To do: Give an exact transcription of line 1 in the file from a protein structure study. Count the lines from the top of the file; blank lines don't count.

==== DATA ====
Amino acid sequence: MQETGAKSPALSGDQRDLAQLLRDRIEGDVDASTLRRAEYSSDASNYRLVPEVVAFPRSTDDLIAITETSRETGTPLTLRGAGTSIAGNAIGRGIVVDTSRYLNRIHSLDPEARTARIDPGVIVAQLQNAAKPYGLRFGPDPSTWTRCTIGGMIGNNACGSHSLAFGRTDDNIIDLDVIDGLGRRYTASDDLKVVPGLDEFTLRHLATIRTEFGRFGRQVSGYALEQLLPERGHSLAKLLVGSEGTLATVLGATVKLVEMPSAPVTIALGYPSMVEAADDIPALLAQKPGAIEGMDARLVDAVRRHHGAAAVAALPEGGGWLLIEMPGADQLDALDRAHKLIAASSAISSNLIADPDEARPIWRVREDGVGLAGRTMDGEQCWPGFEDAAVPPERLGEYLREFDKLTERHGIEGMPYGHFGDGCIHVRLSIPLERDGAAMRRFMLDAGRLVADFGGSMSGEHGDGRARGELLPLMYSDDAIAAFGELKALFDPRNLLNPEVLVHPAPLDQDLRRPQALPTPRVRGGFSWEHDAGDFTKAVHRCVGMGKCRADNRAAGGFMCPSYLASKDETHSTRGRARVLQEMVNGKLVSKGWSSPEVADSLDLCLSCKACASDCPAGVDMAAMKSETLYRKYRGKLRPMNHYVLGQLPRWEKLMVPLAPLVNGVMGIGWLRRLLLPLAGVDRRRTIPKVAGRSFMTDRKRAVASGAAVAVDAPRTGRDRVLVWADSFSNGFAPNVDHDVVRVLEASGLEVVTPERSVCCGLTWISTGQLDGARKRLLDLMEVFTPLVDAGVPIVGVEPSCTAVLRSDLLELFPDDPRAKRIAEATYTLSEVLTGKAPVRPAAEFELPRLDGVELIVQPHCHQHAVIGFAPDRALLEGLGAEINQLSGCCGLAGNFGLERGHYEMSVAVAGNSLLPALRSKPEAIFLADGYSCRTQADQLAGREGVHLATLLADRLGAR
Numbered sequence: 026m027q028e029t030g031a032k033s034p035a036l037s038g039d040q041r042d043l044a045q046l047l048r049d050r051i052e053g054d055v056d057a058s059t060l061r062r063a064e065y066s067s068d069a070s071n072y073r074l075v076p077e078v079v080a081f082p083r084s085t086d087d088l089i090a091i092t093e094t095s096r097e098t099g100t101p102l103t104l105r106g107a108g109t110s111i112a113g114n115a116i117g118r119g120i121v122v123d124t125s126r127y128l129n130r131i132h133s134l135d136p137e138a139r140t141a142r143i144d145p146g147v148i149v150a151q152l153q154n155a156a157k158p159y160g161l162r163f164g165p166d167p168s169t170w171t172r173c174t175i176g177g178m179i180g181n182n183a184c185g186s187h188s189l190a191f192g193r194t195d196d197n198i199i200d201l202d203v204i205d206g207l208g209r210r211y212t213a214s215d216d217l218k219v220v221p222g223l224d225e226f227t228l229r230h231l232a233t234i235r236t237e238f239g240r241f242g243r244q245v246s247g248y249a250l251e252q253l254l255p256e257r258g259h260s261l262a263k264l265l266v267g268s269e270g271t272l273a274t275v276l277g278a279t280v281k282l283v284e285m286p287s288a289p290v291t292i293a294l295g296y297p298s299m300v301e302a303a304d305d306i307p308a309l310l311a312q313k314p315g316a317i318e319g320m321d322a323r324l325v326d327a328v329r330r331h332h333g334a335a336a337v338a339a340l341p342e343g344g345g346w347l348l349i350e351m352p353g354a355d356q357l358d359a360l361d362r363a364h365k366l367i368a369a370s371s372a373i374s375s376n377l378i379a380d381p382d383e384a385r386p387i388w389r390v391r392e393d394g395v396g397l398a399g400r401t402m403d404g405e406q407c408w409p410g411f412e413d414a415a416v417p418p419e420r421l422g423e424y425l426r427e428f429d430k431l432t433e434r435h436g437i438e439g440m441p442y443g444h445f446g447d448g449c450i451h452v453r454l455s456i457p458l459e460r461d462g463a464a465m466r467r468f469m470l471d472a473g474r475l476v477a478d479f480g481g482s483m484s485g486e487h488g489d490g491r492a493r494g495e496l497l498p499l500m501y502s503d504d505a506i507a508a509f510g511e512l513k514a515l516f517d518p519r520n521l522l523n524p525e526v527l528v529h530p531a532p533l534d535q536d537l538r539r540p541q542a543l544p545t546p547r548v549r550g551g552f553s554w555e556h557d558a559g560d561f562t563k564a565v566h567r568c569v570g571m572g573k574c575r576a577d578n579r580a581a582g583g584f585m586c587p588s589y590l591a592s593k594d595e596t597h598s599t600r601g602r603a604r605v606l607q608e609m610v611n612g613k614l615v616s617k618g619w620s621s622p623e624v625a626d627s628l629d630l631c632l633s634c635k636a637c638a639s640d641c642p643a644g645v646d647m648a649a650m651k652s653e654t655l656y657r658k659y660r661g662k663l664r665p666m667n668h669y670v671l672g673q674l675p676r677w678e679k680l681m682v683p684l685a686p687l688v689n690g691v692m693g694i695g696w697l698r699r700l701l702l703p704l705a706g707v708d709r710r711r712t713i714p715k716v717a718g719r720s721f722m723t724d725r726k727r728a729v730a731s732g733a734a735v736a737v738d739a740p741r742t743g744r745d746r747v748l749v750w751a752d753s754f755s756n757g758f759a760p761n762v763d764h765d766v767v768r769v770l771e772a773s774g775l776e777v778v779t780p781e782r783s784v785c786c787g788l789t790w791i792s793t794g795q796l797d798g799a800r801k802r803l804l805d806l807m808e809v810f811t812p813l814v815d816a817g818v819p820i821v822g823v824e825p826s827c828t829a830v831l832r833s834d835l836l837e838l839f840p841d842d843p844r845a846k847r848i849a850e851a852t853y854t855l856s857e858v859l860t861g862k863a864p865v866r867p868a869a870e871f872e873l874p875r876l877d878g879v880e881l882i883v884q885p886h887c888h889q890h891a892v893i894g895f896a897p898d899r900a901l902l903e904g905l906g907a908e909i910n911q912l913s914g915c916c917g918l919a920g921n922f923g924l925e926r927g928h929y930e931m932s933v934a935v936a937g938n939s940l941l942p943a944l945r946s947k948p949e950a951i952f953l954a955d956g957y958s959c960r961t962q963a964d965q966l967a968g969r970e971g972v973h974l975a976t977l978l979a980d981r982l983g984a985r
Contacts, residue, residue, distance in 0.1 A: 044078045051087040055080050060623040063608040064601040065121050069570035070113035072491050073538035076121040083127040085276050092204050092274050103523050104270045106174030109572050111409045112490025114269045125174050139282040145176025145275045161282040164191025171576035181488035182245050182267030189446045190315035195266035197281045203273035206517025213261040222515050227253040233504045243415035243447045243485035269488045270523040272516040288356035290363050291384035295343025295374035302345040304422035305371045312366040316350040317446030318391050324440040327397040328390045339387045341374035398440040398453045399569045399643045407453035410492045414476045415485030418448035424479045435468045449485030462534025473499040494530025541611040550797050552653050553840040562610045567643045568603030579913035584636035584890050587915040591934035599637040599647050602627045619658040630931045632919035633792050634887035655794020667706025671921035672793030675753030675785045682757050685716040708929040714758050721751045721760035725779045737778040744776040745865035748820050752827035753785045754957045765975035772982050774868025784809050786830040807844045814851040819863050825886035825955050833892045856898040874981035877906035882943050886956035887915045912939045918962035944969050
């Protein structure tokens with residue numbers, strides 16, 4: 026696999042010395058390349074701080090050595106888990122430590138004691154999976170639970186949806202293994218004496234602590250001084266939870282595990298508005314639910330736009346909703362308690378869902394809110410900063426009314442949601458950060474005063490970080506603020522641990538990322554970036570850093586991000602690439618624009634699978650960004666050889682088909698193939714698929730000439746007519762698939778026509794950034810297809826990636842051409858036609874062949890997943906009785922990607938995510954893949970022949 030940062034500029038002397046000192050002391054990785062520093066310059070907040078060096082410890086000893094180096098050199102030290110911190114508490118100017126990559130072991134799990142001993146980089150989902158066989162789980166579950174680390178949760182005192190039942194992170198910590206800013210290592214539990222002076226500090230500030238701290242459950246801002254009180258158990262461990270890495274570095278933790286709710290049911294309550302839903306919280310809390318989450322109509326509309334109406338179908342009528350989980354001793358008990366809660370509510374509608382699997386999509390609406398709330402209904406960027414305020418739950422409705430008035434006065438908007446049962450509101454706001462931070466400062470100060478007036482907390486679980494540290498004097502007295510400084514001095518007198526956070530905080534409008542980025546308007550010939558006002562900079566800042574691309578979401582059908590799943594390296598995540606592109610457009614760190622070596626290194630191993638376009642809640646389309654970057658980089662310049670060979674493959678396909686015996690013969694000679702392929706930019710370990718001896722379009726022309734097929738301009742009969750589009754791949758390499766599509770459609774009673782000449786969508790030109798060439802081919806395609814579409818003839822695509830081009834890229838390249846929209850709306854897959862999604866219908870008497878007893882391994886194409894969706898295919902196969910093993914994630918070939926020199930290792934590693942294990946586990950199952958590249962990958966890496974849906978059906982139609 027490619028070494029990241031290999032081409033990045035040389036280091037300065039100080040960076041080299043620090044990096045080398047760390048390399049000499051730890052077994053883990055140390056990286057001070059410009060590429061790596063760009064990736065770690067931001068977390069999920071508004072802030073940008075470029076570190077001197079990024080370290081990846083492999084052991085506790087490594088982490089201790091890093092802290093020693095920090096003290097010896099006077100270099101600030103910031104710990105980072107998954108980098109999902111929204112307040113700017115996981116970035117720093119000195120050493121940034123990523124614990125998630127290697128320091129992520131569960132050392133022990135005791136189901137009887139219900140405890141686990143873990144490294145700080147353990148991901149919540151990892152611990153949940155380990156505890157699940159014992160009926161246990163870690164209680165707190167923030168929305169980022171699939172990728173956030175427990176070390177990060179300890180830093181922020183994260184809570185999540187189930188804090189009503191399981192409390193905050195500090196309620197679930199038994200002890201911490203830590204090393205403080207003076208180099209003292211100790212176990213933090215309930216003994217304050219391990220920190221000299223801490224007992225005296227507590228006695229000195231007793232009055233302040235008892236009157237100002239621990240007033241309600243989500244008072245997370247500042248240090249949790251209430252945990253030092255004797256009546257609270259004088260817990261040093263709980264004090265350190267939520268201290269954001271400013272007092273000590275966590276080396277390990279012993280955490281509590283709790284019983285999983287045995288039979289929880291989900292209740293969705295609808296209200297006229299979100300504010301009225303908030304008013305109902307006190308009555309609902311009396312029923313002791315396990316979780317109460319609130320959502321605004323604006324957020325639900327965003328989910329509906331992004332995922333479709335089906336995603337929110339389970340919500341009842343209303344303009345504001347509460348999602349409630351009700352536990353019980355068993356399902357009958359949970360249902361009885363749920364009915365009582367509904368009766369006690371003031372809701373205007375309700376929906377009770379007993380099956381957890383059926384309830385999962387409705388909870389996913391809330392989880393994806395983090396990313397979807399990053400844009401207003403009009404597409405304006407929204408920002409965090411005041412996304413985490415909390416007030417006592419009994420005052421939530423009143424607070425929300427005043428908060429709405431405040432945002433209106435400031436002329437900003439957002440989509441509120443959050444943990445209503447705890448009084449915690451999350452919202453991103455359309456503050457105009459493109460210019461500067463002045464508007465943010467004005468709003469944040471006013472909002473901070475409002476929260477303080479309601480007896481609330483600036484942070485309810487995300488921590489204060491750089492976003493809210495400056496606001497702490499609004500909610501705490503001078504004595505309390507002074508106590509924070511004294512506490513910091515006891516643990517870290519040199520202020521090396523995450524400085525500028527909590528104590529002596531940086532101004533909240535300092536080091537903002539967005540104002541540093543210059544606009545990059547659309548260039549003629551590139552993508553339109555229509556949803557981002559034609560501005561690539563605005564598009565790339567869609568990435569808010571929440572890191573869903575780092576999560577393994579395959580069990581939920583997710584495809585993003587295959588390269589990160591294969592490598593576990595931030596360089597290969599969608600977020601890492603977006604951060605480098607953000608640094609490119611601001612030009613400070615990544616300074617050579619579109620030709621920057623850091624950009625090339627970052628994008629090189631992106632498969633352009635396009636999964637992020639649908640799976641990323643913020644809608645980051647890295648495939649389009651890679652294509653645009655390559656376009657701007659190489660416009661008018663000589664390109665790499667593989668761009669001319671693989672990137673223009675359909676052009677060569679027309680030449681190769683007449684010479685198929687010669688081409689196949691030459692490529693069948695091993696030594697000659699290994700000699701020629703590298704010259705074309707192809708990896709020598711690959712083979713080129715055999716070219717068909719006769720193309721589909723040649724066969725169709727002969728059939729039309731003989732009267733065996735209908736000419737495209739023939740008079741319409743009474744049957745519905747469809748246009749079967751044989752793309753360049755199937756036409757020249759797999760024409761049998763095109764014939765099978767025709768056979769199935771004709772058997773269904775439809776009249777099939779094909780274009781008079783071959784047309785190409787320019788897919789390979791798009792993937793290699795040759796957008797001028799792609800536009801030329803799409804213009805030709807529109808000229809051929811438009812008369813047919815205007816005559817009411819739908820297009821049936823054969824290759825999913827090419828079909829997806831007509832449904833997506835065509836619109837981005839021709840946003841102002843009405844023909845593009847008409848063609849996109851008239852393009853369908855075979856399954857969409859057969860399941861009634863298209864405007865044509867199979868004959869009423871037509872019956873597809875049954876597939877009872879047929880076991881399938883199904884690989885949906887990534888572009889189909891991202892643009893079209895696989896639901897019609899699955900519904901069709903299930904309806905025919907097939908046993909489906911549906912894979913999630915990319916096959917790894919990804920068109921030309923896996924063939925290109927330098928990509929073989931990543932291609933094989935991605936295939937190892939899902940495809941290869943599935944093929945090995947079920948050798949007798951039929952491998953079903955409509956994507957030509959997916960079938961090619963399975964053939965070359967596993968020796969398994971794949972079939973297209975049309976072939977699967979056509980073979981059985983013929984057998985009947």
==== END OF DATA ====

Amino acid sequence: MQETGAKSPALSGDQRDLAQLLRDRIEGDVDASTLRRAEYSSDASNYRLVPEVVAFPRSTDDLIAITETSRETGTPLTLRGAGTSIAGNAIGRGIVVDTSRYLNRIHSLDPEARTARIDPGVIVAQLQNAAKPYGLRFGPDPSTWTRCTIGGMIGNNACGSHSLAFGRTDDNIIDLDVIDGLGRRYTASDDLKVVPGLDEFTLRHLATIRTEFGRFGRQVSGYALEQLLPERGHSLAKLLVGSEGTLATVLGATVKLVEMPSAPVTIALGYPSMVEAADDIPALLAQKPGAIEGMDARLVDAVRRHHGAAAVAALPEGGGWLLIEMPGADQLDALDRAHKLIAASSAISSNLIADPDEARPIWRVREDGVGLAGRTMDGEQCWPGFEDAAVPPERLGEYLREFDKLTERHGIEGMPYGHFGDGCIHVRLSIPLERDGAAMRRFMLDAGRLVADFGGSMSGEHGDGRARGELLPLMYSDDAIAAFGELKALFDPRNLLNPEVLVHPAPLDQDLRRPQALPTPRVRGGFSWEHDAGDFTKAVHRCVGMGKCRADNRAAGGFMCPSYLASKDETHSTRGRARVLQEMVNGKLVSKGWSSPEVADSLDLCLSCKACASDCPAGVDMAAMKSETLYRKYRGKLRPMNHYVLGQLPRWEKLMVPLAPLVNGVMGIGWLRRLLLPLAGVDRRRTIPKVAGRSFMTDRKRAVASGAAVAVDAPRTGRDRVLVWADSFSNGFAPNVDHDVVRVLEASGLEVVTPERSVCCGLTWISTGQLDGARKRLLDLMEVFTPLVDAGVPIVGVEPSCTAVLRSDLLELFPDDPRAKRIAEATYTLSEVLTGKAPVRPAAEFELPRLDGVELIVQPHCHQHAVIGFAPDRALLEGLGAEINQLSGCCGLAGNFGLERGHYEMSVAVAGNSLLPALRSKPEAIFLADGYSCRTQADQLAGREGVHLATLLADRLGAR